Woodlands Hospice | Hospice Care for North Liverpool, South Sefton and Kirkby in Knowsely

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Excercise and Movement

How exercise helps lymphoedema

Exercise and increased activity helps lymph fluid move through the lymphatic system.  This helps to reduce lymphoedema swelling because exercise makes the muscles contract and push lymph through the lymph vessels; encouraging drainage.  Exercise can also help to reduce muscle/joint stiffness and sustains full range of movement and generally makes you feel better.  

Before you start any exercise, talk to your doctor or lymphoedema specialist.  They will advise you about what you should and shouldn’t do.  They may be able to work out an exercise programme for you.

It is important to start gentle exercise and build up slowly.  If you haven’t done any exercise for a while, walking can be a good way to start.  You can gradually increase the distance and the pace. Other helpful types of exercise are cycling, swimming, and gentle aerobics or water aerobics.

The Lymphoedema Support Network (LSN) has 2 DVDs that include information about exercises for leg and arm lymphoedema.  

Please click on the link below to see the DVDs available:
http://­www.­lymphoedema.­org/­index.­php/­shop/­lsn-products#dvd

Deep breathing

Deep breathing before any exercise helps to clear the lymphatic system in your chest. This allows lymph to flow into the lymph system in the chest from the area with lymphoedema.  Deep breathing is helpful for all types of lymphoedema, including swelling in the head and neck area.  It works by changing the pressure in your abdomen and chest, which encourages lymph to flow back into the blood. Deep breathing can also help you to relax.

You can do these breathing exercises while sitting up in a chair or in bed, or while lying down.

  • Relax your shoulders and upper chest
  • Take a slow, deep, comfortable breath in and hold it for a couple of seconds
  • Then slowly breathe out
  • Do this 10 times

Positioning/­Elevation

When you are sitting or lying down it can help to position/­elevate your affected limb(s) which will encourage the lymph to drain.  This can be done by simply elevating your affected limb(s) just slightly above heart level either on cushions/­pillows or foot stools depending on the area of lymphoedema.

For more in-depth information on recreational exercise see: Recreational exercise

Exercise Programme for Lymphoedema of the leg

It is important that you exercise your leg daily. These exercises help lymphatic drainage and maintain the mobility of your leg.

DO wear you compression garment.

Repeat all exercises 5 times, at least 2 x a day

Lie on your bed

  • Place both hands on your belly, just under your ribs.  Breathe in slowly through your nose and feel your fingers slowly moving out.  Hold for 2 seconds, then breath out slowly through your mouth and feel your fingers move back in as your tummy relaxes.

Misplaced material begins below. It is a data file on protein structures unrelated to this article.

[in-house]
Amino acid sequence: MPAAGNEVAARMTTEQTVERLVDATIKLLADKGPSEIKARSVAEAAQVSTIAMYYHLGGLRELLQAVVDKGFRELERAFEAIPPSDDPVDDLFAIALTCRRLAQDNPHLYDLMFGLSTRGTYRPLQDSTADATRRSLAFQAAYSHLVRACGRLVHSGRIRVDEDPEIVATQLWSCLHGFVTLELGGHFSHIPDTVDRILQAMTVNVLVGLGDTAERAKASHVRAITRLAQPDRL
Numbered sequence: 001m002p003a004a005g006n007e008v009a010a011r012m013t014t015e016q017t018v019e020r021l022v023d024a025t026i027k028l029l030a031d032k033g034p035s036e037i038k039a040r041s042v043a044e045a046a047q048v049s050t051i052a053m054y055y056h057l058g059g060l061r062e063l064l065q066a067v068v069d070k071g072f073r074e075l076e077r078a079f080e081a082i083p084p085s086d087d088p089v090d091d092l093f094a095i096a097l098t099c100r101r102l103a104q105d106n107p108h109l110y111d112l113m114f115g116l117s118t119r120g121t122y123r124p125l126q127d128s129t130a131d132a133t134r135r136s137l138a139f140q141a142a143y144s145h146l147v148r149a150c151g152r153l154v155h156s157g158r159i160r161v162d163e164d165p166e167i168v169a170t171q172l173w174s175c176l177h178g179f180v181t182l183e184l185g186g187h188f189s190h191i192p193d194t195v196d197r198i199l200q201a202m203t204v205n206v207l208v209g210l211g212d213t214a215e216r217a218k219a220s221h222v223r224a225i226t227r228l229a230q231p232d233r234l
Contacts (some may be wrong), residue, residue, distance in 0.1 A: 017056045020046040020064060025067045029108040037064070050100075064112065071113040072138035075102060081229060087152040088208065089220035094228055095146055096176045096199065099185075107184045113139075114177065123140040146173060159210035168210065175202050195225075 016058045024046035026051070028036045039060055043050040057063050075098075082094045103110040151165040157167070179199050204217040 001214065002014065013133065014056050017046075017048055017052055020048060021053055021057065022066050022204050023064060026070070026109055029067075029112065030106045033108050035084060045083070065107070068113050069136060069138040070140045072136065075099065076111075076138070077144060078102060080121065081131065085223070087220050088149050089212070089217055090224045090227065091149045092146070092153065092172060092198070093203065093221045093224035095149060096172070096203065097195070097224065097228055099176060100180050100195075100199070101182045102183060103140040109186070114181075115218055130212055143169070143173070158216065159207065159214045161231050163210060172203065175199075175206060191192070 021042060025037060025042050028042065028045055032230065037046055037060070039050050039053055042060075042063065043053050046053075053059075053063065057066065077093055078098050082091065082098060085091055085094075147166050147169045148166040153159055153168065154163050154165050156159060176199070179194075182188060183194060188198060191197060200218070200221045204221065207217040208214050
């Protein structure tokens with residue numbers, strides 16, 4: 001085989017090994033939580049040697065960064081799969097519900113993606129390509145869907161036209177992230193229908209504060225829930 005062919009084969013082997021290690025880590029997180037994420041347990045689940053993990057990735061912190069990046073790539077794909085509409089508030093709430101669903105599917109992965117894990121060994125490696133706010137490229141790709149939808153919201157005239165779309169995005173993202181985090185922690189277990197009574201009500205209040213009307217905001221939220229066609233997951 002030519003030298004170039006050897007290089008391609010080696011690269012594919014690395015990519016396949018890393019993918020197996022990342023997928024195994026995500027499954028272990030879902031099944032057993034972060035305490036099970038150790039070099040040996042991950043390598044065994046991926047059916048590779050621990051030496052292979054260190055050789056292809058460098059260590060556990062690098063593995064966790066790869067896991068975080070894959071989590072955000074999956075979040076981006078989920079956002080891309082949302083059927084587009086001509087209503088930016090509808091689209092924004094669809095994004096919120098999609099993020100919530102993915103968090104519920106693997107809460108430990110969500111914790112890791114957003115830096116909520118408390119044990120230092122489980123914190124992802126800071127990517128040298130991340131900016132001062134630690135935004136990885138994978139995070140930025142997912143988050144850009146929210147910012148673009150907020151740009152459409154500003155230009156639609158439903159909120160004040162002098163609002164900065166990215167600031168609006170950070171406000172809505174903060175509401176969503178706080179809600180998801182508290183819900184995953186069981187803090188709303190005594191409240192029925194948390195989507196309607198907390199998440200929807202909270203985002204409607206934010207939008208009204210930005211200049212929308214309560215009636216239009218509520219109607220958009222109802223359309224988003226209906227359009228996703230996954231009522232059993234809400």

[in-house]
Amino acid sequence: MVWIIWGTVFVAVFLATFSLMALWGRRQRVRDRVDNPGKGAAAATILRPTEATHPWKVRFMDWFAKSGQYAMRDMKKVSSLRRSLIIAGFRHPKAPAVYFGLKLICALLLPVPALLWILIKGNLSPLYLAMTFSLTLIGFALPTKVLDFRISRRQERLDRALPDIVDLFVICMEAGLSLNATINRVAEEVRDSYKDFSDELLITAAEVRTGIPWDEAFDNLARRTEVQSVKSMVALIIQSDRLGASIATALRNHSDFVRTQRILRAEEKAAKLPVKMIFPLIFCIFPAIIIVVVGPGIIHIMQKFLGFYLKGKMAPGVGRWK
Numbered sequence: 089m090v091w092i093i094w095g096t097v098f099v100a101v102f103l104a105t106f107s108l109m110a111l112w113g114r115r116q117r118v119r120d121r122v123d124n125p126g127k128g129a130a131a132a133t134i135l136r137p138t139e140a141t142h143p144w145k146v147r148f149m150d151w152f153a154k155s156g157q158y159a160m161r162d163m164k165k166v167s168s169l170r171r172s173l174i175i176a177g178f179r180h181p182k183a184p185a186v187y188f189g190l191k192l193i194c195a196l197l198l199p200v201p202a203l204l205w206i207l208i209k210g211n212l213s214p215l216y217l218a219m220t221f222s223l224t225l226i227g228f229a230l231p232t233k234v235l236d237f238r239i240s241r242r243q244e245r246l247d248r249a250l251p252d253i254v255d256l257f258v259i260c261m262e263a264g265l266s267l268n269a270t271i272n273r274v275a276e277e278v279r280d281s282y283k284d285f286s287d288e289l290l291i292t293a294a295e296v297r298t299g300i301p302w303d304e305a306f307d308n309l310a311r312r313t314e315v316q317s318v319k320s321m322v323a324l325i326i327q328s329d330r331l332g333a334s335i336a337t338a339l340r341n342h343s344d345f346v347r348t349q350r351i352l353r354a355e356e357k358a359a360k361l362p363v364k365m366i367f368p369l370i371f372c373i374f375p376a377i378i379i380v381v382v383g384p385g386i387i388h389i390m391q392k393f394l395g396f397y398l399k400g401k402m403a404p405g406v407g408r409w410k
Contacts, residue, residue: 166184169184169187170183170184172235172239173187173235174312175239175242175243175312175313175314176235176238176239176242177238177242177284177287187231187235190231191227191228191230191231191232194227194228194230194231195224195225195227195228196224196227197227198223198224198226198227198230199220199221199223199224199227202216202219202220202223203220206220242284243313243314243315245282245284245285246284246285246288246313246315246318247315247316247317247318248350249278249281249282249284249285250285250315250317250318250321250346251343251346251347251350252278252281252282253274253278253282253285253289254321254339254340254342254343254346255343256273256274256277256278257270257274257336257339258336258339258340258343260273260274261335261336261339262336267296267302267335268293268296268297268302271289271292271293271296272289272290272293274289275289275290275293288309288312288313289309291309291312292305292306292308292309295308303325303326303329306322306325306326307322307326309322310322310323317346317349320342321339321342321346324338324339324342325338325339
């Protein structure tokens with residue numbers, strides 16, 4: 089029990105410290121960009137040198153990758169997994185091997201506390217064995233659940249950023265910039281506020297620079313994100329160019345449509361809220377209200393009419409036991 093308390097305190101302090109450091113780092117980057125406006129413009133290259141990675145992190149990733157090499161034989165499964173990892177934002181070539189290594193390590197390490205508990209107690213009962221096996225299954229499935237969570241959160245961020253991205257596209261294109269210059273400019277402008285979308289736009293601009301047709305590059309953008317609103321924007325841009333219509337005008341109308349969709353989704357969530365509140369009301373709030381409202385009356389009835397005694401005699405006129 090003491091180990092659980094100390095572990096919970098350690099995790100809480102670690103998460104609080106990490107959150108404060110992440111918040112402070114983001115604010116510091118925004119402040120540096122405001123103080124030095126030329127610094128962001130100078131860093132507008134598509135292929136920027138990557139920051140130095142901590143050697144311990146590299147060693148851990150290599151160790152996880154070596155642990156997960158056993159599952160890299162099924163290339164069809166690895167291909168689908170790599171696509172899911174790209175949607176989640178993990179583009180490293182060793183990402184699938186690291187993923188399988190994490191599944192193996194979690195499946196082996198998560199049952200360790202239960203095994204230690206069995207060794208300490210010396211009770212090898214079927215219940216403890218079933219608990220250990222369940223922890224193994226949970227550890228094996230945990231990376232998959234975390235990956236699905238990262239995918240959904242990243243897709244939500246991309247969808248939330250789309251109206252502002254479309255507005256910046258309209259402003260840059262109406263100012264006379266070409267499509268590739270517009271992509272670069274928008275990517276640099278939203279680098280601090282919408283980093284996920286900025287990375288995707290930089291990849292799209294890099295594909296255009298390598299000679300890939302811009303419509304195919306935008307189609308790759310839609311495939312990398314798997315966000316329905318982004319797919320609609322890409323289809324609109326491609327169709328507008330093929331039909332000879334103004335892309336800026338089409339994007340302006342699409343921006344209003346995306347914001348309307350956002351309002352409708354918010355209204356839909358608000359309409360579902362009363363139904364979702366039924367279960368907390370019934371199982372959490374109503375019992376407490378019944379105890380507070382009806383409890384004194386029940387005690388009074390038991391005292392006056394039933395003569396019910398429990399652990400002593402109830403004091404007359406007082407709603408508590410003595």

• With both kness up, gently roll your knees from side to side
  • Squeeze your buttocks together, then relax
  • Tighten and or relax your thigh and knee muscle (press your knee down in the bed)
  • Bend and stretch your feed at the ankle
  • Circle your feet at the ankle clockwise / anti clockwise

Take a few minutes rest after the exercises.

These exercises should be done slowly in a rhythmical position. They should not cause discomfort.

Rest and elevate your leg at regular intervals throughout the day.

You may have been given other exercises by your nurse, doctor of physiotherapist for range of movement.  Please continue these as instructed.

Exercise Programme for Lymphoedema of the arm

It is important that you exercise your arm on a daily basis in order to maintain mobility and enhance drainage of lymph fluid.  It is important to build up the amount of exercise you are doing gradually.  It is recommended you wear you garment during exercises/­activities. Your Lymphoedema Nurse will advise you how many times to do the exercises.

Get in a comfortable position prior to starting the exercises.

  • Deep breaths – Place both hands on your tummy, just under your ribs.  Breathe in slowly through your nose and feel your fingers slowly moving out.  Hold for 2 seconds, then breath out slowly through your mouth with a sigh and feel your fingers move back in as your stomach relaxes.
  • Slowly turn your head from side to side
  • Lift and relax your shoulders and then circle and relax your shoulders
  • Slow ‘combing’ hair action
  • With forearm supported, bend and stretch hand at wrist joint
  • Stretch your arms behind your back towards the centre of your back
  • Bend elbow, moving hand towards shoulder
  • Make a fist then stretch fingers out
  • With your thumb, touch each finger tip
  • Deep breathe

These exercises should be done slowly in a rhythmical fashion. They should not cause discomfort.

Rest and elevate your arm at regular intervals throughout the day.

You may have been given other exercises by your nurse, doctor or physiotherapist for specific reasons. Please continue these as instructed.